With The People opting out, the burden of actually conducting the various campaigns launched pursuant to the Carter Doctrine falls to those who willingly make themselves available to fight. We may compare these volunteers to fighter pilots during the Battle of Britain: They are the Few. The many have other options and act accordingly.
Given the choice between a job in finance and the chance to carry an assault rifle, Harvard grads opt for Wall Street, destination of roughly one-third of graduating seniors in recent years. In 2015, by comparison, participants in Harvard’s annual military commissioning ceremony numbered exactly four. Offered the opportunity to sign with the pros or the Army, top athletes opt for the playing field rather than the battlefield. The countercultural Tillman Exception awaits replication.
So a central task for field commanders has been to figure out how to fight wars that the political class deems necessary but to which the rest of us are largely indifferent. In 2007, Admiral Mike Mullen, the Joint Chiefs of Staff chairman, neatly summarized the problem. “In Afghanistan, we do what we can,” he remarked. “In Iraq, we do what we must.” Implicit in Mullen’s can/must formulation was the fact that in neither Afghanistan nor Iraq were commanders able to do what they wished. The constraint they labored under was not money or equipment, which were available and expended in prodigious quantities, but troops.
We tend to rank those two conflicts among this nation’s “big wars.” In reality, except as measured by duration, both qualify as puny. The total number of troops committed to both Operation Iraqi Freedom and Operation Enduring Freedom together peaked at one-third the total number of Americans in Vietnam in 1968. However much commanders in Iraq and Afghanistan might have wanted more troops — and they did — more were not forthcoming.
For an explanation, look not to need but to availability. In truth, the pool of the willing is not deep. Sustaining what depth there is requires incentives. Since 9/11, new recruit pay has jumped by 50 percent. Reenlistment bonuses can run as high as $150,000. In a material culture, appeals to patriotism don’t suffice to elicit and retain volunteers. Inducing people to put their lives on the line requires upfront compensation. Even then, the Few remain few.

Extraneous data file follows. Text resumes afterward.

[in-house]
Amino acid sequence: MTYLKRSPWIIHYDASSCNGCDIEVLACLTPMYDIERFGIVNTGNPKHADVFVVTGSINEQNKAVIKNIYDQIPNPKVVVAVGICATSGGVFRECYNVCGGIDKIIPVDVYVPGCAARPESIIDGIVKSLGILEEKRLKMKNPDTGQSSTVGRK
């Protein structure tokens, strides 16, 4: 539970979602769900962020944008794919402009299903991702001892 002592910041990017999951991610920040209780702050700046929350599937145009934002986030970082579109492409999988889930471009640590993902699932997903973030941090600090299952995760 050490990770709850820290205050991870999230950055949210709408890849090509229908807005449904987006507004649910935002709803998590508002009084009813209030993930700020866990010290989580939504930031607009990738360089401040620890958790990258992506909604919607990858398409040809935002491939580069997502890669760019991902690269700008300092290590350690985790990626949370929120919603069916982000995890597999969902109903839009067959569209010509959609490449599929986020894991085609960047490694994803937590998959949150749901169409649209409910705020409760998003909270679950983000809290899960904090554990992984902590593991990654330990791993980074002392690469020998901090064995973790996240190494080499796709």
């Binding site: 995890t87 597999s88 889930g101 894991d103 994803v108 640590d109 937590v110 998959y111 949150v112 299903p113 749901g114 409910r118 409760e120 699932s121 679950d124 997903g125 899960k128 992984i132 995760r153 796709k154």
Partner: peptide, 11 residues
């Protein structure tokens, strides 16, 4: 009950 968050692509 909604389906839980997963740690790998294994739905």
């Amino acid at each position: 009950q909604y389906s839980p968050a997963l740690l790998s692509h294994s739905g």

In practice, roughly 1 percent of the population bears the burden of actually fighting our wars. A country that styles itself a democracy ought to find this troubling. Yet unlike the inequitable distribution of income, which generates considerable controversy, this inequitable distribution of sacrifice generates almost none. Even in a presidential election year, it finds no place on the nation’s political agenda. In the prevailing culture of choice, those choosing to remain on the sidelines are not to be held accountable for the fate that befalls those choosing to go fight.
Yet while the availability of warriors may be limited, money is another matter. Ours is not a pay-as-you-go culture. It’s go now and worry about the bills later. So it has been with the funding of recent military operations. Rather than defraying war costs through increased taxation — thereby drawing public attention to the war’s progress or lack thereof — the government borrows, with the sums involved hardly trivial. Since 9/11 alone, the national debt has nearly quadrupled. By-and-large, Americans are OK with sloughing off onto future generations the responsibility of paying for wars presumably undertaken on their own behalf — a bit like buying a pricey car and sticking your grandkids with the payments.
Granted, money partially offsets the shortage of troops. In Iraq and Afghanistan, the Pentagon found it expedient to contract out functions traditionally performed by soldiers. When each of those wars was at its height, contractors in the employ of profit-minded security firms outnumbered G.I.s. Privatizing war provides a workaround to the predicament caused by having a large appetite for war while the people nurse appetites of a different sort.
In some quarters, as a sort of hangover from Vietnam, the belief persists that American culture, at least in those quarters where professors and artsy types congregate, is intrinsically anti-military. Nothing could be further from the truth. American culture is decidedly pro-military. All it asks is that military institutions get in step with the culture’s core requirements.
And so they have, becoming open to all as venues for individual self-actualization. The Pentagon has embraced diversity — the very signature of contemporary culture. In today’s military, overt racism has ceased to exist. Women wear four-stars, fly fighter jets, graduate from ranger school, and can enlist as combat Marines. Barriers preventing members of the LGBT community from serving openly? On the way out.
This is to the good. Yet where it really counts, our culturally compliant military falls short. Thrust into a series of wars to make good on the people’s expectations of more, while respecting their aversion to sacrifice, the Few — admirable in so many ways — find themselves unable either to win and or to get out.
Whether Carter’s “restoration of American values” or Bush’s “culture of responsibility” would find us today in a different place is a moot point. Our culture remains on a fixed trajectory.
When it comes to making war, that culture hinders rather than helps. Rather than fighting the problem, policy makers should consider turning it to US advantage. Instead of promoting American-style freedom at the point of a bayonet, they should pursue alternatives to war. Instead of coercion, perhaps it’s time to try seduction.
Andrew Bacevich is author of the new book “America’s War for the Greater Middle East: A Military History.”